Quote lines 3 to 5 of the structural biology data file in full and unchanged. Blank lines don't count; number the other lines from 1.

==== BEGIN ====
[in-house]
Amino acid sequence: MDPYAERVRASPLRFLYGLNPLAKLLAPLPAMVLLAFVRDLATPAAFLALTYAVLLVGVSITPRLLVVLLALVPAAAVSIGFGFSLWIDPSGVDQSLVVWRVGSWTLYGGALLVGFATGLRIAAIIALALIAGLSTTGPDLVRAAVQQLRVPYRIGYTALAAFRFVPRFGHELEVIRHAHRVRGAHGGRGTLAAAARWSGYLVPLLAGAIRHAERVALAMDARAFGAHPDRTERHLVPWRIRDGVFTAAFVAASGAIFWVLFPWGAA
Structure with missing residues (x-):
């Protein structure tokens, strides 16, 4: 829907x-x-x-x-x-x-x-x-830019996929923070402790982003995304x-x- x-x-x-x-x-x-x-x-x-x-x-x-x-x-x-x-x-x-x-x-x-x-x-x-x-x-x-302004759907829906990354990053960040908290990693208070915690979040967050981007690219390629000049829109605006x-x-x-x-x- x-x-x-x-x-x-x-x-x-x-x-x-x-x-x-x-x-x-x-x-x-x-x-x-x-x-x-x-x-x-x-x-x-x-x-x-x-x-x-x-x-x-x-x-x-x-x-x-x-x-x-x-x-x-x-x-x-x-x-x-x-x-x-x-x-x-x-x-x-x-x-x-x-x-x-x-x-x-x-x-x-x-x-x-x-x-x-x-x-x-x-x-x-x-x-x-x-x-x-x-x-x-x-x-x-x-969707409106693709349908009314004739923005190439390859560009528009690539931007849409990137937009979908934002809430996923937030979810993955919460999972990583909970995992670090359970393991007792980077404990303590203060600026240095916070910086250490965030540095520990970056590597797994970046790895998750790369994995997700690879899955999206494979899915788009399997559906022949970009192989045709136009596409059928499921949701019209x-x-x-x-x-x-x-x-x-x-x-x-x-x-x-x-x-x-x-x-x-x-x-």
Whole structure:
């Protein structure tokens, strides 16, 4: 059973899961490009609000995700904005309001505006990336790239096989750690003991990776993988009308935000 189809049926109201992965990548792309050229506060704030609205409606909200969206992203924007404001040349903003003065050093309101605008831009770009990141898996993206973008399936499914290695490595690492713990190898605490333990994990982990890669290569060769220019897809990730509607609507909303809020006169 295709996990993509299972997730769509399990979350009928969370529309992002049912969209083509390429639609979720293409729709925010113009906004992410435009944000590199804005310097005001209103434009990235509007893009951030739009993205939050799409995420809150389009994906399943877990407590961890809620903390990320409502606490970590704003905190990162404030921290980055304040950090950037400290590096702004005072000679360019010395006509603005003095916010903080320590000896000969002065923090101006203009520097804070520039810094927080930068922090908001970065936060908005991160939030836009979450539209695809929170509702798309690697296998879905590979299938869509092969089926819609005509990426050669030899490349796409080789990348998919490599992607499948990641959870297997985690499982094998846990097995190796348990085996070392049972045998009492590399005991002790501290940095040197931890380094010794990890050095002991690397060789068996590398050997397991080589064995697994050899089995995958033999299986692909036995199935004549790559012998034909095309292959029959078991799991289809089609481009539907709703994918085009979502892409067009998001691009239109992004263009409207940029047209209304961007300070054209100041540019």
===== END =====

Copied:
Structure with missing residues (x-):
């Protein structure tokens, strides 16, 4: 829907x-x-x-x-x-x-x-x-830019996929923070402790982003995304x-x- x-x-x-x-x-x-x-x-x-x-x-x-x-x-x-x-x-x-x-x-x-x-x-x-x-x-x-302004759907829906990354990053960040908290990693208070915690979040967050981007690219390629000049829109605006x-x-x-x-x- x-x-x-x-x-x-x-x-x-x-x-x-x-x-x-x-x-x-x-x-x-x-x-x-x-x-x-x-x-x-x-x-x-x-x-x-x-x-x-x-x-x-x-x-x-x-x-x-x-x-x-x-x-x-x-x-x-x-x-x-x-x-x-x-x-x-x-x-x-x-x-x-x-x-x-x-x-x-x-x-x-x-x-x-x-x-x-x-x-x-x-x-x-x-x-x-x-x-x-x-x-x-x-x-x-x-969707409106693709349908009314004739923005190439390859560009528009690539931007849409990137937009979908934002809430996923937030979810993955919460999972990583909970995992670090359970393991007792980077404990303590203060600026240095916070910086250490965030540095520990970056590597797994970046790895998750790369994995997700690879899955999206494979899915788009399997559906022949970009192989045709136009596409059928499921949701019209x-x-x-x-x-x-x-x-x-x-x-x-x-x-x-x-x-x-x-x-x-x-x-």
Whole structure: